# Confidence in frequencies and sample sizes

LsDgh
Red Chipper Posts:

**21**✭✭
Do you guys have any rules of thumb when it comes to the level of trust you put in the information you have on opponents frequencies?

What sort of sample size do you look for before you first start to factor in things like vpip/pfr, 3-bet %, fold vs. cbet , check-raise % etc..

Obviously you're going to be able to glean more from stats like vpip where we get to see their decision every hand as opposed to say how often they've bluffed the river.

Got thinking about this because I read an example that if an opponent has played 121 hands and has 10% the 95% confidence interval for his range is around 4%-16%. A pretty wide gap which has me thinking I probably value hud stats too much with too small samples.

What sort of sample size do you look for before you first start to factor in things like vpip/pfr, 3-bet %, fold vs. cbet , check-raise % etc..

Obviously you're going to be able to glean more from stats like vpip where we get to see their decision every hand as opposed to say how often they've bluffed the river.

Got thinking about this because I read an example that if an opponent has played 121 hands and has 10% the 95% confidence interval for his range is around 4%-16%. A pretty wide gap which has me thinking I probably value hud stats too much with too small samples.

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## Comments

4,448-Maybe I should produce a table or something.

102✭✭To your question, larger n is always better, but you can probably make decent assumptions with 50 or more hands. Confidence intervals for VPIP and PFR tend to be accurate with this number of hands.

4,448-However, I'd still want to throw in some priors.

1,562✭✭✭✭You are right that there are sample size issues that I suspect many players ignore. This is even a bigger problem with post-flop stats.

Instead of trying to do a bunch of statistics, I try to look for other information to support or not the "HUD read"

-make sure to watch all showdowns as these can sometimes give you a very big clues

-consider what is typical in your player pool

-do they use bet sizes that make sense

-do other HUD stats support/confirm

1,876-Lets say you are figuring out VPIP at the table for your target.

You see her fold.

Her VPIP is 0%

Is she tight?

Is this significant?

A simple way to answer this significance question is:

If I changed one observation to the other direction, how much would the calculation change?

We change her last observation to a VPIP

Now she had a VPIP of 100%

The change of one observation slipped the result by 100%.

I do not trust this stat at all.

Next hand.

She folds:

0% VPIP

Flip the observation:

50% VPIP

the change is 50%

I do not trust this stat at all.

----

...

Hand 10

She folds:

20% VPIP

Flip the observation:

30% VPIP

the change is 10%

I am beginning to believe in this stat.

Next the question would be:

How sensitive is your decision to this stat you are estimating?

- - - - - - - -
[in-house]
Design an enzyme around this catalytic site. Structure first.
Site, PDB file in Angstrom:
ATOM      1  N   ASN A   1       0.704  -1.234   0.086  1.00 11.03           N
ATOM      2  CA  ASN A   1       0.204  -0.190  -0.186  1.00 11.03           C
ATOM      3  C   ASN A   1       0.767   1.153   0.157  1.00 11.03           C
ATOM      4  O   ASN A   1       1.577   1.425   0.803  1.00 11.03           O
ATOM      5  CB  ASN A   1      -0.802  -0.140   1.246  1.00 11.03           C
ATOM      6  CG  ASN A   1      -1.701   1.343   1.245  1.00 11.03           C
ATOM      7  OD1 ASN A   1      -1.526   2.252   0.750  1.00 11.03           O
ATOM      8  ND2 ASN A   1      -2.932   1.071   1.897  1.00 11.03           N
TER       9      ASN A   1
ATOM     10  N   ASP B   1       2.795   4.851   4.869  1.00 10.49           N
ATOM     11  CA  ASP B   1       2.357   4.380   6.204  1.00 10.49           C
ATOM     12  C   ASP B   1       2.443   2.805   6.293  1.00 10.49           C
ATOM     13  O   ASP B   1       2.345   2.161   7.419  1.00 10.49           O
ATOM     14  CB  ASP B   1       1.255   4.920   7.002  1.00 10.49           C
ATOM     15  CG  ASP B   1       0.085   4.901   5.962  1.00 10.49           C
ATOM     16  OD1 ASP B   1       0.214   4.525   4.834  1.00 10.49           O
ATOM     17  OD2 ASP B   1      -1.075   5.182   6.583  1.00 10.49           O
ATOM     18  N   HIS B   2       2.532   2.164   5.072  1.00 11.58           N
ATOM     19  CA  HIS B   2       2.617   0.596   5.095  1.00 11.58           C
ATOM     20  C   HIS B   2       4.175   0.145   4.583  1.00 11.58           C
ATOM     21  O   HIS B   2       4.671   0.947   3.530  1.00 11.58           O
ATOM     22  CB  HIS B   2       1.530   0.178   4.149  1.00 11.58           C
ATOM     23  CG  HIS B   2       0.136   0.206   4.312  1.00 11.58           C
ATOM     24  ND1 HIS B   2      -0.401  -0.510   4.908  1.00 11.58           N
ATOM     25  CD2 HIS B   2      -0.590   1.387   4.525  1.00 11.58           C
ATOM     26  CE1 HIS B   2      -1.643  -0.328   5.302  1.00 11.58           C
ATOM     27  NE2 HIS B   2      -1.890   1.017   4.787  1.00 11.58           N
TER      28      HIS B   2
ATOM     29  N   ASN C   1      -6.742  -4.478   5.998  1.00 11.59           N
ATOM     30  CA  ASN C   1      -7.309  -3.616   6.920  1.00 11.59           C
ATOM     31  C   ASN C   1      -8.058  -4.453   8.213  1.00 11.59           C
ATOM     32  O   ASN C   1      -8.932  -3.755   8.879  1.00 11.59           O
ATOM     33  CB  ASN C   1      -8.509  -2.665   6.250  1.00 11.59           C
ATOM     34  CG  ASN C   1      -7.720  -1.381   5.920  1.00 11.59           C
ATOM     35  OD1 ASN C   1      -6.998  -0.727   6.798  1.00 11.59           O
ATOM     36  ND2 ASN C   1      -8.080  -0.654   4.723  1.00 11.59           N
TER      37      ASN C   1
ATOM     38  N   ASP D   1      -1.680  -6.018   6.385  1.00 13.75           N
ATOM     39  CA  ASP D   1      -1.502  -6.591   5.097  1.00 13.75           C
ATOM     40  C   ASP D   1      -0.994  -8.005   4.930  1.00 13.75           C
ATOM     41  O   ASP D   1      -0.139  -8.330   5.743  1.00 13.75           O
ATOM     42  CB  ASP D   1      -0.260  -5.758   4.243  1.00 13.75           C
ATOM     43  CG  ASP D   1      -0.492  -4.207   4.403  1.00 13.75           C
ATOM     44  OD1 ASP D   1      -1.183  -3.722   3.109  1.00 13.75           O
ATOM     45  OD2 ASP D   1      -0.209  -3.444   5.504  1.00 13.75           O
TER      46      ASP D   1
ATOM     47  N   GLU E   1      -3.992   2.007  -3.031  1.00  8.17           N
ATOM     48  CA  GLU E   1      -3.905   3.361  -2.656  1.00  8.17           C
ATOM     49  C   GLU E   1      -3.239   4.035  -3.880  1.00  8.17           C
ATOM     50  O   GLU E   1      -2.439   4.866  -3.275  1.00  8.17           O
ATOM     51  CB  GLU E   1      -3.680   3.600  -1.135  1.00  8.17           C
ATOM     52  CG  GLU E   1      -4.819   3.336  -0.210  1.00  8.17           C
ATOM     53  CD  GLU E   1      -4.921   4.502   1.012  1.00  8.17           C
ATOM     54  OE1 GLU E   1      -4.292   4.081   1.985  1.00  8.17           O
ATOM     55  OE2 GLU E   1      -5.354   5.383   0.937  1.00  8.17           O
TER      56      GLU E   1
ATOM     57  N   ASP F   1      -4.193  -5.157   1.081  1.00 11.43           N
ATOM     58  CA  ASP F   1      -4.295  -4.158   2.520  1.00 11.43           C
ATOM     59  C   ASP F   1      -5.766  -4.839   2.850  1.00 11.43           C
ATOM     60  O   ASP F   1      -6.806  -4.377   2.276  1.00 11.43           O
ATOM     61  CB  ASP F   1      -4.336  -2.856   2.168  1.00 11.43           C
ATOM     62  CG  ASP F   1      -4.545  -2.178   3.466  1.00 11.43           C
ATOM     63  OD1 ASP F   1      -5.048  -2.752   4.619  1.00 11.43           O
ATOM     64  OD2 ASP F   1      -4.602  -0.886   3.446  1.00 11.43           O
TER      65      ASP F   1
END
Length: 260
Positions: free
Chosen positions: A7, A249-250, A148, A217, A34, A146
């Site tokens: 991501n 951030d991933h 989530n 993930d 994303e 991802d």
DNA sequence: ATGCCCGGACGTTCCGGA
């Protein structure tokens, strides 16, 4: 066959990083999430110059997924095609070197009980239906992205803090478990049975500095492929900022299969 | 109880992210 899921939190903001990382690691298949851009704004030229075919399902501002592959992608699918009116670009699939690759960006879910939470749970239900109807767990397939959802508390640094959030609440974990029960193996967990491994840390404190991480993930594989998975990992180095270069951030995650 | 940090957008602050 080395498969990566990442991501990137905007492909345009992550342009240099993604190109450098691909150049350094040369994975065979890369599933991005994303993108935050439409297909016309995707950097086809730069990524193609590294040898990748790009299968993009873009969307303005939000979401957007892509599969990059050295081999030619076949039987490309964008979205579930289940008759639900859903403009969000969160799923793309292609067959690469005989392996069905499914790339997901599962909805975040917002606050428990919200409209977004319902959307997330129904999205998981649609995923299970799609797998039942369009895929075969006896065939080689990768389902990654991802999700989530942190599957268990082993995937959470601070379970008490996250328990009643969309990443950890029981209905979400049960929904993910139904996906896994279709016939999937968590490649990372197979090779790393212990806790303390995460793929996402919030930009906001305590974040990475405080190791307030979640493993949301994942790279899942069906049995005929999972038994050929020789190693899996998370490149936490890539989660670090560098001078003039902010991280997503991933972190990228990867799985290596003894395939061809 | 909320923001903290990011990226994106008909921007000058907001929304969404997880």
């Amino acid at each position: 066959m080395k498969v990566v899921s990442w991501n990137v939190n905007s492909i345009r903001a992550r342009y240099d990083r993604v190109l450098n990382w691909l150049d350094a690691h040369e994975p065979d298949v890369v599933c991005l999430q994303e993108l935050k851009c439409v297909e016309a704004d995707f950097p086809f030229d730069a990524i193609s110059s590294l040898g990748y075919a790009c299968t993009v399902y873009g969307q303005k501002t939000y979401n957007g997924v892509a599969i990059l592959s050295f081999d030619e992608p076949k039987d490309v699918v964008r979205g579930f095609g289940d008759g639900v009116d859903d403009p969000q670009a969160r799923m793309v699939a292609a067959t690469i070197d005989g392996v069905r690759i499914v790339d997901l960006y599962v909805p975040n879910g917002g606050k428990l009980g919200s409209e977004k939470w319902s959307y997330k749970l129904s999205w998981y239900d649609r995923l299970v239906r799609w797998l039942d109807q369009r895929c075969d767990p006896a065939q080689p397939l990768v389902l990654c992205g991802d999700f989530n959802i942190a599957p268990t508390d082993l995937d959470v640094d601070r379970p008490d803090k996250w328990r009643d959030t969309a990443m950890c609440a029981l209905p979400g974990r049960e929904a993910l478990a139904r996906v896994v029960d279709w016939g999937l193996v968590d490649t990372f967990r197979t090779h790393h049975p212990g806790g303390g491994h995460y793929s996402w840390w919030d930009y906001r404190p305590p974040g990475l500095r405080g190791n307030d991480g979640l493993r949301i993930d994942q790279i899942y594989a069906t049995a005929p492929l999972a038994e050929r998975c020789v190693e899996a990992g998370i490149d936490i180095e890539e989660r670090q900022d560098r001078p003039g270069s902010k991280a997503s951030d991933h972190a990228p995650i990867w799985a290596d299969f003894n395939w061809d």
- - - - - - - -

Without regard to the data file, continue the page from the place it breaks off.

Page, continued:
If you estimate a stat at 10% but you know you will fold if this stat is 50% and below. You guess that this stat would change by 5% if the last observation is flipped.

Under this condition, your estimate of this stat is very useful.

If you estimate you will fold if the stat is below 12%, you do not feel very confident in this.

This is all hand-wavy, but it gives you a decent gut check on stats you are estimating from small datasets.

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21✭✭Cheers Doug

4,448-4,448-The main point I'd take away from Doug's contribution is that it really matters how the stat in question impacts our decision. This is often overlooked, but is in fact critical.

As to the math point made in the OP and highlighted in the quote. As discussed above, there are tacit assumptions about distributions here, but I imagine the confidence limit was obtained as follows.

121 hands and a 10% VPIP means this player VPIPed 12 times. The square root of 12 is ~ 3.46. That's the standard error assuming counting stats. The 95% confidence limit is twice that, thus at that level, this player VPIPs 12 +/-7 or [5,19].

5/121 ~ 0.04.

19/121 ~ 0.16

Hence the claim the 95% CL is 4% to 16% VPIP.

Anyone who has taken a college stats class can find half a dozen things wrong with that estimate, but equally without employing Bayes' theorem it's not bad.

I'd also suggest that, when using HUD stats, focus on how many

opportunitiesa player had for a certain action. You can have 3,000 hands on someone, but if you try and dig out their 4-bet from HJ or something equally esoteric, whatever your HUD tells you is probably close to meaningless. Give or take.1,876-https://xkcd.com/435/

Engineers are somewhere around biologists, depending on how close they are to a milling machine or a screwdriver.

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1,562✭✭✭✭This is so true.

As an aside, I am a bit titled that the latest greatest HM3 doesn't allow you to filter this on HUD as HM2 does. They removed one of my favorite HUD features.